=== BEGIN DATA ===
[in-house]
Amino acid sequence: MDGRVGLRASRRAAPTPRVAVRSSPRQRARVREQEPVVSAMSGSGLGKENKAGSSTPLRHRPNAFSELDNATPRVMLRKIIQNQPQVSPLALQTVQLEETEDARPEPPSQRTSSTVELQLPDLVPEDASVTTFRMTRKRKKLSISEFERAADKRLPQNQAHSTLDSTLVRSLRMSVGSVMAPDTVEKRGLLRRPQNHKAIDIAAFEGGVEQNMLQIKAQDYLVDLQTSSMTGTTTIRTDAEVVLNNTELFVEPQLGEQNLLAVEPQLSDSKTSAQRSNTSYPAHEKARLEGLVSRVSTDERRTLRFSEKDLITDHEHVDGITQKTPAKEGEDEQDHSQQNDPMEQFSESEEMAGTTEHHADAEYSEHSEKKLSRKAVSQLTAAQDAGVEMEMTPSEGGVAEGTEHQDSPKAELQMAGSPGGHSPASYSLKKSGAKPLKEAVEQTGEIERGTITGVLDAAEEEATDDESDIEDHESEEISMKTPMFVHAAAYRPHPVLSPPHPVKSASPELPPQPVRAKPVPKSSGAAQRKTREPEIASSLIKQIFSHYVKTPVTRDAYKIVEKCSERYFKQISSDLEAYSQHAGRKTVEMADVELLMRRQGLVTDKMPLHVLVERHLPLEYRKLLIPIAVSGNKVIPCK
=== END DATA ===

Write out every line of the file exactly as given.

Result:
[in-house]
Amino acid sequence: MDGRVGLRASRRAAPTPRVAVRSSPRQRARVREQEPVVSAMSGSGLGKENKAGSSTPLRHRPNAFSELDNATPRVMLRKIIQNQPQVSPLALQTVQLEETEDARPEPPSQRTSSTVELQLPDLVPEDASVTTFRMTRKRKKLSISEFERAADKRLPQNQAHSTLDSTLVRSLRMSVGSVMAPDTVEKRGLLRRPQNHKAIDIAAFEGGVEQNMLQIKAQDYLVDLQTSSMTGTTTIRTDAEVVLNNTELFVEPQLGEQNLLAVEPQLSDSKTSAQRSNTSYPAHEKARLEGLVSRVSTDERRTLRFSEKDLITDHEHVDGITQKTPAKEGEDEQDHSQQNDPMEQFSESEEMAGTTEHHADAEYSEHSEKKLSRKAVSQLTAAQDAGVEMEMTPSEGGVAEGTEHQDSPKAELQMAGSPGGHSPASYSLKKSGAKPLKEAVEQTGEIERGTITGVLDAAEEEATDDESDIEDHESEEISMKTPMFVHAAAYRPHPVLSPPHPVKSASPELPPQPVRAKPVPKSSGAAQRKTREPEIASSLIKQIFSHYVKTPVTRDAYKIVEKCSERYFKQISSDLEAYSQHAGRKTVEMADVELLMRRQGLVTDKMPLHVLVERHLPLEYRKLLIPIAVSGNKVIPCK